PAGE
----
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Extremely Helpful

Found the write-up a few weeks back. Wanted to say that it has been extremely helpful. I currently purchased a Tow Smart Dolly. Very similar to the Car Tow Dolly. When you found out that the tire didn't have the correct weight rating did you stick to the 12-inch wheels and tires or did you go to a 14-inch? I ask because the 12-inch seems to fold when going around corners in a neighborhood. I do have the correct PSI in the tires but the tires on the dolly look very low when I load the vehicle up (2016 Chevy Colorado). Any other insight that you can share would be helpful =)

I can try and post a video of what I describe as the tire folding when taking a corner in the neighborhood if that would be helpful.
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Old 01-16-2023, 11:34 AM   #3
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So you bought the dolly without and past dolly experience and your giving it a good review.

I can do the same with my Stehltow dolly but it would be biased, since it's the only dolly I've ever used.

Surge disk brakes, with brake pads that fit a mid 90 GM car so easy to buy. Wheel bearing are the same as boat trailers so can be found everywhere , even Wal-Mart. The tires are standard ST14 inch trailer tires. My straps are 9 years old and still in good shape after 40,000 miles. Never had one slip off. I use safety cable thru the front tires so no fumbling under the car.
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Old 01-17-2023, 08:15 AM   #4
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Quote:
Originally Posted by LeprechnADV View Post
Found the write-up a few weeks back. Wanted to say that it has been extremely helpful. I currently purchased a Tow Smart Dolly. Very similar to the Car Tow Dolly. When you found out that the tire didn't have the correct weight rating did you stick to the 12-inch wheels and tires or did you go to a 14-inch? I ask because the 12-inch seems to fold when going around corners in a neighborhood. I do have the correct PSI in the tires but the tires on the dolly look very low when I load the vehicle up (2016 Chevy Colorado). Any other insight that you can share would be helpful =)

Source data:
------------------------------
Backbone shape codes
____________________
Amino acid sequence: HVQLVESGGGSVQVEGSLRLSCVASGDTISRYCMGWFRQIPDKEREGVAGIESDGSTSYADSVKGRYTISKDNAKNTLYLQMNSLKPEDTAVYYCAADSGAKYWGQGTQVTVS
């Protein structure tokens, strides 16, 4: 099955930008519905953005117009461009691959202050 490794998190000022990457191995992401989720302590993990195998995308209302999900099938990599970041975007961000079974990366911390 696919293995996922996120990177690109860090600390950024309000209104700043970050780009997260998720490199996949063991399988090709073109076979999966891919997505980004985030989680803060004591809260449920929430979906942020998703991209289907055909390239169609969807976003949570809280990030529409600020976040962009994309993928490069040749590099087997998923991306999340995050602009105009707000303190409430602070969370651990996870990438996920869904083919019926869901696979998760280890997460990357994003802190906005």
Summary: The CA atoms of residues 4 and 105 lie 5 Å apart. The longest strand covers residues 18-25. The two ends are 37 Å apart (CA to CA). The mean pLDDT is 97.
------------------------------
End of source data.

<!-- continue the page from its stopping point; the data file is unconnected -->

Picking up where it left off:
I can try and post a video of what I describe as the tire folding when taking a corner in the neighborhood if that would be helpful.

I stuck with the 10 inch tires that came with the version of the EZE-Tow dolly that I have. The manufacturer changed to a narrower 12 inch tire for the current models, but mine is a few years older. I think it can take the 12 inch tires, but I went with the same size it originally came with.



I think I know what you mean about the tires folding -- that happens with this kind of dolly if you turn too sharp and end up dragging the dolly sideways a little. I think this puts strain on everything, so I avoid sharp turns and turns sharper than 90 degrees.
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Old 01-17-2023, 08:20 AM   #5
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Quote:
Originally Posted by twinboat View Post
So you bought the dolly without and past dolly experience and your giving it a good review.

I can do the same with my Stehltow dolly but it would be biased, since it's the only dolly I've ever used.

Fair criticism for sure, this is the only dolly I've used.


Quote:
Originally Posted by twinboat View Post
Surge disk brakes, with brake pads that fit a mid 90 GM car so easy to buy. Wheel bearing are the same as boat trailers so can be found everywhere , even Wal-Mart. The tires are standard ST14 inch trailer tires. My straps are 9 years old and still in good shape after 40,000 miles. Never had one slip off. I use safety cable thru the front tires so no fumbling under the car.

I agree on the brakes -- they are easy to find. I was able to find three different sets without much effort. Here are some details on how replacement goes, commentary, and part numbers. It's not a bad dolly to work on, but has its nuances.

https://www.irv2.com/forums/f85/cart...rs-590204.html